• Eggb. Nutritive Value Eggs are specially nutritious. The albumen is very high in protein and the protein is of very high quality because of the excellent balance of amino acids. The yolk contains fats and cholesterol. It is also high in protein and contains fat soluble vitamins A, D, E and K and the B vitamins (folic acid, riboflavin, cyanocobalamin and pantothenic acid) and the element iron, phosphorus, sulfur, copper, potassium, sodium, magnesium, calcium, chlorine, and manganese. A large egg contains 4.5 grams of fat and 213 miligrams of cholesterol, 6.25 grams of protein and about 70 calories each.
    • Milk  Milk, with its well-balanced assortment of nutrients, is sometimes called the “nature’s perfect food”. Milk ranges in color from bluish- white to an almost golden-yellow depending on the breed, the amount of fat and solids present and nature of feed of cow. It has no pronounced taste. Freshly drawn has a characteristic but not very pronounced odor, which is quite volatile which practically, disappears when the milk is exposed to air. Fresh milk has a pH of 6.5.
    • Powdered Milk Condensed Milk
    • Milk  Milk appears unchanged by heating until a point near the boiling point is reached when a tough film form on the surface. Prolonged boiling results in a brown shade of color or a change in tatse.  The addition of acids results in the formation of a precipitate which appears as a soft, white jelly-like mass known as “curd” with a more or less separation of nearly clear fluid or “whey”.
    • Milk  When the portion of the fresh milk is allowed to stand undisturbed for a few hours, a layer forms on the surface – cream. It is due to the gathering of fat globules in a portion of the milk. If the milk is allowed to remain at ordinary temperature for 24 hours or longer, usually it will have a pronounced acid taste and sooner or later will coagulate as soft, jelly-like mass.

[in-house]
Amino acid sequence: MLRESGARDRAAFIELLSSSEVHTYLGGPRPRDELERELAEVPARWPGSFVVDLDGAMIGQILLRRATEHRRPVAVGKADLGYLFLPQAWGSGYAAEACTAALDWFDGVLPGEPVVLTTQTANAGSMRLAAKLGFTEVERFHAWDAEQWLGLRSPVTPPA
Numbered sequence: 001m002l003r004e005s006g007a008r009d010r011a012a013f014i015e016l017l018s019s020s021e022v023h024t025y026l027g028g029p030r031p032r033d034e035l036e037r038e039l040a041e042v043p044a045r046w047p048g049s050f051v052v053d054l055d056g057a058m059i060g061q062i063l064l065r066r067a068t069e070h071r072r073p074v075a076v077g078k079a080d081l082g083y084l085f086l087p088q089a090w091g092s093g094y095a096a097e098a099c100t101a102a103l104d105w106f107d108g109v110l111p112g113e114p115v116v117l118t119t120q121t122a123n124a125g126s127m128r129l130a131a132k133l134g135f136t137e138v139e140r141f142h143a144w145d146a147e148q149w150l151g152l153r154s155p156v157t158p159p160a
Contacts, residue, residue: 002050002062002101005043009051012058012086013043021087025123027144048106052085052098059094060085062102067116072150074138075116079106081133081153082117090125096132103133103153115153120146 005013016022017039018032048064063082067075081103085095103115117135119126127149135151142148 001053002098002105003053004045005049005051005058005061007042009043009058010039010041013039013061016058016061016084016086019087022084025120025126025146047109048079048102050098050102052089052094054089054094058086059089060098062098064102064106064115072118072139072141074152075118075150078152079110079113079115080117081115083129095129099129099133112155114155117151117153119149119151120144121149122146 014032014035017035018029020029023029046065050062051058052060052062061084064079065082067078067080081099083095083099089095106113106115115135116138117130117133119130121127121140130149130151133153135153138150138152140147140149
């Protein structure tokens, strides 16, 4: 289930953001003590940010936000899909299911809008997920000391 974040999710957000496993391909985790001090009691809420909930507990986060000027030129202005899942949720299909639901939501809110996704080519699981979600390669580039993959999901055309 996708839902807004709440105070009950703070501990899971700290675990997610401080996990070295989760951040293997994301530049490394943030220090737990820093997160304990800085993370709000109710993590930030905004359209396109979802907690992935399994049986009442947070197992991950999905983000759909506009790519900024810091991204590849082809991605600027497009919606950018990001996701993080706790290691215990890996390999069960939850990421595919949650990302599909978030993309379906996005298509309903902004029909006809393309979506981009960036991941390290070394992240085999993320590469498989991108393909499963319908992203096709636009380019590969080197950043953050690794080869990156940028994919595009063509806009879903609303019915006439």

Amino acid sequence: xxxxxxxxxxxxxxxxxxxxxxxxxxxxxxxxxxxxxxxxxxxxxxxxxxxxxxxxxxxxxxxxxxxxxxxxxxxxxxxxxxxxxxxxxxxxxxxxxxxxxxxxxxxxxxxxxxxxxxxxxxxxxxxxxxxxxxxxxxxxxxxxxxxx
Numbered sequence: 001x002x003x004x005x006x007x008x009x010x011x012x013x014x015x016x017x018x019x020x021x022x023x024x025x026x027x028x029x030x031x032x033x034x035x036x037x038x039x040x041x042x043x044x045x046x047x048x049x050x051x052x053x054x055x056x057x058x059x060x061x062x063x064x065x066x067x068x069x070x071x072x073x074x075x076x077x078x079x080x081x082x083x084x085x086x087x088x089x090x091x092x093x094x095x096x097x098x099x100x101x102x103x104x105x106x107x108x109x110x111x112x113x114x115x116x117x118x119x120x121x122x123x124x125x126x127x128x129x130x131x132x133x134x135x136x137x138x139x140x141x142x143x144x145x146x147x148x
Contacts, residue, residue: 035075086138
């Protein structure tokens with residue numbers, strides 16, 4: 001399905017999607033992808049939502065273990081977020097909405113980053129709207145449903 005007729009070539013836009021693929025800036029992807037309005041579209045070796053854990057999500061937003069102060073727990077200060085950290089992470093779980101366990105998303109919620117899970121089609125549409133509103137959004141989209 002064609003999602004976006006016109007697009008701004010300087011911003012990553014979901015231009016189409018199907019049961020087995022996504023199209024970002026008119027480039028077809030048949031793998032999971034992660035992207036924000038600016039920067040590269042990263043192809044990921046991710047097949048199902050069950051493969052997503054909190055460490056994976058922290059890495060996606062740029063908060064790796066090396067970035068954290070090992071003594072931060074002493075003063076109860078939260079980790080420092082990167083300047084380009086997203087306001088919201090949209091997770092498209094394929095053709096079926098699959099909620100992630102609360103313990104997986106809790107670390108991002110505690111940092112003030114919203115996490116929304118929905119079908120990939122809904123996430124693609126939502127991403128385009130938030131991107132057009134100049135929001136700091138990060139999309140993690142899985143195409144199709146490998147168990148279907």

• Milk a. Composition of Milk  Milk is colloidal suspension of solids in liquid. The fluid whole milk is approximately 88% water, 8.6% solids-non-fat (SNF) and 3-4% milk fat. The SNF is the total solids minus the milk fat. It contains protein, lactose and minerals. Milk contains approximately 3.3% protein. Lactose is the predominant carbohydrate in milk. Approximately 4.8% of cow’s milk is lactose. Whole milk contains approximately 3- 4% milk fat. Fat soluble vitamins are in the milk fat portion of the milk and water-soluble vitamins are in the non-fat portion. Milk is a rich source of calcium and reasonably good source of phosphorus and zinc.
    • Milk  The first milk a female produces after the young is born is called colostrum. Colostrum is higher in protein, minerals and milk fat but less lactose than milk.
    • Milk b. Nutritive Value  Milk and other dairy products make a significant contribution to the nation’s supply of dietary nutrients. Particularly noteworthy are the relatively large percentages of calcium, phosphorus, protein and B vitamins. Cow’s milk for infant feeding is modified to meet the nutrient and physical requirement of infants. Cow’s milk is heated, homogenized or acidified so infants can utilize the nutrients efficiently. Sugar is usually added for infant feeding to make the milk more nearly like human milk. Milk is low in iron.
    • Milk  Milk and milk products are excellent sources of nutrients to meet the dietary requirements of young children, adolescents and adults. Also, milk owing to its content of calcium and other nutrients is an important food for aging individuals who have osteoporosis. Furthermore, for the elderly as well as for the infant and young child, milk is an efficient source of nutrients readily tolerated by a sometimes weakened digestive system.